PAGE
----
How to Fly on the World’s Cheapest Airlines Without Getting Screwed Over

Because $29 roundtrip flights always come with a catch.

airplane interior
Flying budget isn’t all bad—if you know how to book. | Photo courtesy of JetBlue
Flying budget isn’t all bad—if you know how to book. | Photo courtesy of JetBlue

As airline prices keep spiking (thanks, pandemic!) and flights are nearly doubling in price, low-cost carriers have never looked more appealing—especially when you can fly around Europe at bus-ticket prices.

It’s easy to get sucked in when airlines flash fares like $99 flights to Italy and $9 flights to Jacksonville (who cares, it’s NINE DOLLARS). And, depending on how you travel, the pay-only-what-you-need model makes sense, too. If you never check a bag, don’t need extra legroom, and prefer an airport bar, why shell out more for a ticket? The a la carte system works so well, even legacy carriers have caught on.

But, if something seems too good to be true, it probably is. Hidden fees, quirky flight routes, and baggage limitations can come as a surprise for even the sharpest travelers. But, if you know how—and when—to book, flying budget can be a surprisingly pleasant experience. We reached out to our team of travel writers who’ve taken discount airlines from Bangor to Bangkok to hear some of their tried-and-true tips for flying the frugal skies.

airplanes on the runway
Note to self: Always read the fine print on “deals.” | Photo courtesy of Ryanair

​​Don’t get suckered by a sticker price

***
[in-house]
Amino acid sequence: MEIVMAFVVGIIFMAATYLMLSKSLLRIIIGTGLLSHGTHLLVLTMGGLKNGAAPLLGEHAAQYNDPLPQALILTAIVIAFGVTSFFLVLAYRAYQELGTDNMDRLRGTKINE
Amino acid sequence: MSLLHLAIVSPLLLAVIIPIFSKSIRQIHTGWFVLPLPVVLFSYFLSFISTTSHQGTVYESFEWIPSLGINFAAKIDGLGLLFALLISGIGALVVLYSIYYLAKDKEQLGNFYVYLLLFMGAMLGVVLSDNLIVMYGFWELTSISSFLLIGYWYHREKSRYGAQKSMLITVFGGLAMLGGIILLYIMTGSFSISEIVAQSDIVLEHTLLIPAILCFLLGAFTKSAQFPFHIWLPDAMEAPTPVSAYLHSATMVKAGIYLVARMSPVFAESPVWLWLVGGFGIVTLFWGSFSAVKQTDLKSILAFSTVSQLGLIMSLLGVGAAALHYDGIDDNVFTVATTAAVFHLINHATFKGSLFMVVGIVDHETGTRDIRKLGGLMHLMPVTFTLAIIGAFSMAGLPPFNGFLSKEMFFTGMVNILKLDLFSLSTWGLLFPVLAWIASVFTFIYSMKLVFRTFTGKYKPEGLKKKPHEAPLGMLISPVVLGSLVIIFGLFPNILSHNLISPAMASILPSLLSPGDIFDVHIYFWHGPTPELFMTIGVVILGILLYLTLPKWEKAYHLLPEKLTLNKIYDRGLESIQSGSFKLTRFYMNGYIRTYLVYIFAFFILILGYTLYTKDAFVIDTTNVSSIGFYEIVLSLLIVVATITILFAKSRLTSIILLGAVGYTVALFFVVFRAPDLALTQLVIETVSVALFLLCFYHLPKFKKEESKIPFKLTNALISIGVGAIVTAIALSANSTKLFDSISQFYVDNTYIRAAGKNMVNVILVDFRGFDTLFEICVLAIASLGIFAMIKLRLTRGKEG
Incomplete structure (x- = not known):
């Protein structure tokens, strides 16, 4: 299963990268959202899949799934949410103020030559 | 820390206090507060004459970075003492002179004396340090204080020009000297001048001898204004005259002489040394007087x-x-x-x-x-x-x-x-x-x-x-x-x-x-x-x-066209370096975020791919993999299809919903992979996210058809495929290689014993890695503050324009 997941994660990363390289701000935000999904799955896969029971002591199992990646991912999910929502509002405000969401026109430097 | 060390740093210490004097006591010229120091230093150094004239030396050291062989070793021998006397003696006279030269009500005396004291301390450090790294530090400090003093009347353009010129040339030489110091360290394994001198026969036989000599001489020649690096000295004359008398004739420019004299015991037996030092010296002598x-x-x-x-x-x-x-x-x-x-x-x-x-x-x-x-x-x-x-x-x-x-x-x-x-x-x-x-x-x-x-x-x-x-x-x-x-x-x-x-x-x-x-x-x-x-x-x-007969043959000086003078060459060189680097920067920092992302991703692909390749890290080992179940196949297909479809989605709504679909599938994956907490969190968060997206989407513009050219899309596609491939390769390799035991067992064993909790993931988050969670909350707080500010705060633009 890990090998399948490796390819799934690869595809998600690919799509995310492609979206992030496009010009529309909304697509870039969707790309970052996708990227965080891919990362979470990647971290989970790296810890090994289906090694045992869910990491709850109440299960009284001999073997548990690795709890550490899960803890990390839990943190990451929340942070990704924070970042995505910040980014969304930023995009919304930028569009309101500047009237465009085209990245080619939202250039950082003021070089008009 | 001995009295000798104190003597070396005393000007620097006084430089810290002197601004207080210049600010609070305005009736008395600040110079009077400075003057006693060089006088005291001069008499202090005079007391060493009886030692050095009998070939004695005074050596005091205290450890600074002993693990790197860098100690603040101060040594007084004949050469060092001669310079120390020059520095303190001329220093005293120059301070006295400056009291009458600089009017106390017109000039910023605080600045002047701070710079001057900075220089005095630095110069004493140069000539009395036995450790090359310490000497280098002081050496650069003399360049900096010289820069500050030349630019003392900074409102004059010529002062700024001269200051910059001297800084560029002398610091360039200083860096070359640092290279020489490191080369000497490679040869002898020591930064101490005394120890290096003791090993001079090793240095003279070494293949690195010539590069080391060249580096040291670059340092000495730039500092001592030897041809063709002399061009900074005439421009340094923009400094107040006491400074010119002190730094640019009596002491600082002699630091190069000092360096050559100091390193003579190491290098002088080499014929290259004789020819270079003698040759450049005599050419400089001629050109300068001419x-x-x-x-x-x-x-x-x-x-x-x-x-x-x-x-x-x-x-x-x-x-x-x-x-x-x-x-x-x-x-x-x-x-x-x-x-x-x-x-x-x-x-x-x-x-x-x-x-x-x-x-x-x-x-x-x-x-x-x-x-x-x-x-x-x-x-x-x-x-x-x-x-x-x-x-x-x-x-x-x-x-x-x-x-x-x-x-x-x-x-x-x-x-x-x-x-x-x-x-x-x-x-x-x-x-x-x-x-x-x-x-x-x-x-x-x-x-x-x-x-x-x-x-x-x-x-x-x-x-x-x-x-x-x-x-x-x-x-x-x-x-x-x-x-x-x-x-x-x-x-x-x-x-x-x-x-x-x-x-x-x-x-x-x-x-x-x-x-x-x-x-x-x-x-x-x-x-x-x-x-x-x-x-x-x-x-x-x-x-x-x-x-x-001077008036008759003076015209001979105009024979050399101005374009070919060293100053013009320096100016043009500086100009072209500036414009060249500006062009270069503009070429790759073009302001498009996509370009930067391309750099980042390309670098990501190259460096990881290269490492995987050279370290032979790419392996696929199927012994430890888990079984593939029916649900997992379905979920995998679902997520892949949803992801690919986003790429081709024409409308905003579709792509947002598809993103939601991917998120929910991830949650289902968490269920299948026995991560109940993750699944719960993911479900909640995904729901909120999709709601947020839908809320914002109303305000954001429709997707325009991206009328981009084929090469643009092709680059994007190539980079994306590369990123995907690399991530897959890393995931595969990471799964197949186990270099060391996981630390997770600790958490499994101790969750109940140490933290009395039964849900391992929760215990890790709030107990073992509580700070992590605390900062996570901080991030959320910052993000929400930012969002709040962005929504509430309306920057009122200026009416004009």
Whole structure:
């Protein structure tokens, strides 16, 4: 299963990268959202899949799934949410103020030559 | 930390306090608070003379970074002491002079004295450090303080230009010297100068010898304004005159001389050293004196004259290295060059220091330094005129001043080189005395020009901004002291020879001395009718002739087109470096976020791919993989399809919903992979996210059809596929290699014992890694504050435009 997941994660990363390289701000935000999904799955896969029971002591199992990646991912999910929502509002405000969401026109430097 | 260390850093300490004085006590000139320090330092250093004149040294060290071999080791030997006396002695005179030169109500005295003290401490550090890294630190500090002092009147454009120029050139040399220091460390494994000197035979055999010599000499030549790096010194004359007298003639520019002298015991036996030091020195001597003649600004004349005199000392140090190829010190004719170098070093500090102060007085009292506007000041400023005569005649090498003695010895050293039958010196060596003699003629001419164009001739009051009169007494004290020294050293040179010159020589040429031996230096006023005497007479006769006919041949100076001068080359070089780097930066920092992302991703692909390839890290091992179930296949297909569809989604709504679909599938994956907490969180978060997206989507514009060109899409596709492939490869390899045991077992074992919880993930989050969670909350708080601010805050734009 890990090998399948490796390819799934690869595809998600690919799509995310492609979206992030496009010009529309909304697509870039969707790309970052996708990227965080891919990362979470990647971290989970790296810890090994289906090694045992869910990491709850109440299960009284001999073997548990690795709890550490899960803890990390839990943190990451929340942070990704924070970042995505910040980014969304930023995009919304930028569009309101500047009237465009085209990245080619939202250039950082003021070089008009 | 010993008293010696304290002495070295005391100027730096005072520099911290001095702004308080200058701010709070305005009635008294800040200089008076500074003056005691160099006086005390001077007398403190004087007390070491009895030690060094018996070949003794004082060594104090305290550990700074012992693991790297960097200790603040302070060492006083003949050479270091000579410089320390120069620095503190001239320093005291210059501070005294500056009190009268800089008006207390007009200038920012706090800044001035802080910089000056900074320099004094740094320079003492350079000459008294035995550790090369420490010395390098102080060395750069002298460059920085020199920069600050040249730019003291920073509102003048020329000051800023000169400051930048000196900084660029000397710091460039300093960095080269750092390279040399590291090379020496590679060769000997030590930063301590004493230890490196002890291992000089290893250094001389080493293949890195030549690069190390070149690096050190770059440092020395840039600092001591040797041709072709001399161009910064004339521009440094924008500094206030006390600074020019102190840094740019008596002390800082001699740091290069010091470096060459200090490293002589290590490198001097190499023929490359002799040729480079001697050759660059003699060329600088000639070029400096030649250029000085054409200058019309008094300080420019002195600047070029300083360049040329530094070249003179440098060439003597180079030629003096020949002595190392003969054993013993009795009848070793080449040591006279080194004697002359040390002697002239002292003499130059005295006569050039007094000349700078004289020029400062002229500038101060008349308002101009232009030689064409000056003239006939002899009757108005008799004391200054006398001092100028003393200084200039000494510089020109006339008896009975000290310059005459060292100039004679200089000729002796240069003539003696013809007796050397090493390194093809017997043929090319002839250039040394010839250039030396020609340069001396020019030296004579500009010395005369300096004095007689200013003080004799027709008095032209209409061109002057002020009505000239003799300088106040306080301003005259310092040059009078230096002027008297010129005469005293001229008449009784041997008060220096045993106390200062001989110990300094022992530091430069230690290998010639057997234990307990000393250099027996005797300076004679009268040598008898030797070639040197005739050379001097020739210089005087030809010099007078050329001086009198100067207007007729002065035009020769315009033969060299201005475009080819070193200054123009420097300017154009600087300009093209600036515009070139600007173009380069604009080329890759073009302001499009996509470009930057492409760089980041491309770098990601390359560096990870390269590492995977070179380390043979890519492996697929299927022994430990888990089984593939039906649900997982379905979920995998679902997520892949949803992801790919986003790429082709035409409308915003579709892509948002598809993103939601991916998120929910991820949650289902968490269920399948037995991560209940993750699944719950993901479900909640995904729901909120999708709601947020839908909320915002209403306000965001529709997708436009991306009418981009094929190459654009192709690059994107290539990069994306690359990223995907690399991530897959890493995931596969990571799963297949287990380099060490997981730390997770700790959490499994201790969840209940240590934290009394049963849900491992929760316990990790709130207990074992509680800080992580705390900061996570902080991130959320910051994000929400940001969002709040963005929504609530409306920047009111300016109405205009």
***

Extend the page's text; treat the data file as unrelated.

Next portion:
The $55 one-way flight on Spirit might look good compared to a $200 flight on American, but assume that Spirit will charge extra for anything and everything short of the air you breathe. Need a bigger seat? Checking a bag? Bringing a pet? Want to choose your seat? Tack those extra fees onto that dirt-cheap base price, then make your decision. Taking a glance at a chart of an airline’s respective fees lets you calculate quickly when comparison shopping.

Join the club

If you’re only traveling once or twice a year, this may not apply to you, but if you’re bouncing around a bit more, you may want to purchase an annual membership, like Spirit’s Saver$ Club, to score discounted fees. Sometimes the crazy-cheap deals are actually only offered to members, so that annual membership (which is less than $6) will take you a long way.

Sign up for newsletters to get first dibs on super-cheap flights

Nobody loves email spam, but for airlines like Frontier, signing up for the email newsletter often gets you early access to fare sales. We once scored a $54 roundtrip ticket from NYC to Miami simply because we saw the email and booked right away. Also, budget airlines don’t always show up on popular money-saving search engines like Skyscanner, so regularly checking the actual sites is often the best way to find deals.

airplane seats
Not all seating is created equal. | Photo courtesy of Frontier

Research the size of the airplane (and your legroom)

Especially when flying international, do your homework on how much space you’ll have so you know what you're getting yourself into. I made this mistake back when AirBerlin still existed; I didn't know they had almost no leg room and didn't buy a bigger seat. The industry term of art is “pitch”—basically, the front-to-back floor space a seat occupies, and the source to vet that is SeatGuru. For instance, some short-haul Spirit configurations shrink their pitch to just 28 inches. If you’re more than 5 feet tall, you’re going to feel that pinch.

Beware of unrealistic layover turnaround times